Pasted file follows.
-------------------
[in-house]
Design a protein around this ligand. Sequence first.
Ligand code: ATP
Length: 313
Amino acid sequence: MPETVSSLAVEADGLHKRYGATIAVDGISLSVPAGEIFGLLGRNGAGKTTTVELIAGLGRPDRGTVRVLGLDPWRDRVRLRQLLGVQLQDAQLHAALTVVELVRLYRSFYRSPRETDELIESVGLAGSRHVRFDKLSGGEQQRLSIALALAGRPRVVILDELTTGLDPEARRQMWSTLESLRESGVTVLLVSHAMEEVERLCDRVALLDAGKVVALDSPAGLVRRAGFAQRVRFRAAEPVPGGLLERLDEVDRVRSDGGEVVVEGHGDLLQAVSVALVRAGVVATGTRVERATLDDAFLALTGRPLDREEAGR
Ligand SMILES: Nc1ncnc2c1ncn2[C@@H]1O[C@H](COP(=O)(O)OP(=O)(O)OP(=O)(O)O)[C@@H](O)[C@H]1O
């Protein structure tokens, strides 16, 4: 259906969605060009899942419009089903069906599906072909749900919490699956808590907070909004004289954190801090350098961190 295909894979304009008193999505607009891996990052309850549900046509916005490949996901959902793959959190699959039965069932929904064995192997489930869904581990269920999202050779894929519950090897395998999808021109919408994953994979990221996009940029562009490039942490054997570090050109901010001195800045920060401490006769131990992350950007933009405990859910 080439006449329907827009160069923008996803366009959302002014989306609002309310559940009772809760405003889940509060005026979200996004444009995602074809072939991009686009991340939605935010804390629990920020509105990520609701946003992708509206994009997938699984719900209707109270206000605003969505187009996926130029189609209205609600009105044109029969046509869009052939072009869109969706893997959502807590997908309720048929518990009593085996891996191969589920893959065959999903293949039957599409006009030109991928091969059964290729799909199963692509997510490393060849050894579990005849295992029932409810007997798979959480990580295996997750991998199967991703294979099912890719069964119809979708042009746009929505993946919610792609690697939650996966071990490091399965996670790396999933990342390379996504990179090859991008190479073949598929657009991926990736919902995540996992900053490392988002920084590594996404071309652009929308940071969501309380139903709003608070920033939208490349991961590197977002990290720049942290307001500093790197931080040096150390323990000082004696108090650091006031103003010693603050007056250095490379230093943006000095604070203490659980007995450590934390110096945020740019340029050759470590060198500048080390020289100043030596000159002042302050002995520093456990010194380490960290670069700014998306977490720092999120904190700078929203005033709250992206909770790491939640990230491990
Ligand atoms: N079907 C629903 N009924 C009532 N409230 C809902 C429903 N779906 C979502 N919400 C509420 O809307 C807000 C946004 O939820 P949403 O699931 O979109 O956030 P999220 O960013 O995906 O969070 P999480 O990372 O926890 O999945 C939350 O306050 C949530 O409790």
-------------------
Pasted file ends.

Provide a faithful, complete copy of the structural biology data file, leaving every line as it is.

[in-house]
Design a protein around this ligand. Sequence first.
Ligand code: ATP
Length: 313
Amino acid sequence: MPETVSSLAVEADGLHKRYGATIAVDGISLSVPAGEIFGLLGRNGAGKTTTVELIAGLGRPDRGTVRVLGLDPWRDRVRLRQLLGVQLQDAQLHAALTVVELVRLYRSFYRSPRETDELIESVGLAGSRHVRFDKLSGGEQQRLSIALALAGRPRVVILDELTTGLDPEARRQMWSTLESLRESGVTVLLVSHAMEEVERLCDRVALLDAGKVVALDSPAGLVRRAGFAQRVRFRAAEPVPGGLLERLDEVDRVRSDGGEVVVEGHGDLLQAVSVALVRAGVVATGTRVERATLDDAFLALTGRPLDREEAGR
Ligand SMILES: Nc1ncnc2c1ncn2[C@@H]1O[C@H](COP(=O)(O)OP(=O)(O)OP(=O)(O)O)[C@@H](O)[C@H]1O
């Protein structure tokens, strides 16, 4: 259906969605060009899942419009089903069906599906072909749900919490699956808590907070909004004289954190801090350098961190 295909894979304009008193999505607009891996990052309850549900046509916005490949996901959902793959959190699959039965069932929904064995192997489930869904581990269920999202050779894929519950090897395998999808021109919408994953994979990221996009940029562009490039942490054997570090050109901010001195800045920060401490006769131990992350950007933009405990859910 080439006449329907827009160069923008996803366009959302002014989306609002309310559940009772809760405003889940509060005026979200996004444009995602074809072939991009686009991340939605935010804390629990920020509105990520609701946003992708509206994009997938699984719900209707109270206000605003969505187009996926130029189609209205609600009105044109029969046509869009052939072009869109969706893997959502807590997908309720048929518990009593085996891996191969589920893959065959999903293949039957599409006009030109991928091969059964290729799909199963692509997510490393060849050894579990005849295992029932409810007997798979959480990580295996997750991998199967991703294979099912890719069964119809979708042009746009929505993946919610792609690697939650996966071990490091399965996670790396999933990342390379996504990179090859991008190479073949598929657009991926990736919902995540996992900053490392988002920084590594996404071309652009929308940071969501309380139903709003608070920033939208490349991961590197977002990290720049942290307001500093790197931080040096150390323990000082004696108090650091006031103003010693603050007056250095490379230093943006000095604070203490659980007995450590934390110096945020740019340029050759470590060198500048080390020289100043030596000159002042302050002995520093456990010194380490960290670069700014998306977490720092999120904190700078929203005033709250992206909770790491939640990230491990
Ligand atoms: N079907 C629903 N009924 C009532 N409230 C809902 C429903 N779906 C979502 N919400 C509420 O809307 C807000 C946004 O939820 P949403 O699931 O979109 O956030 P999220 O960013 O995906 O969070 P999480 O990372 O926890 O999945 C939350 O306050 C949530 O409790």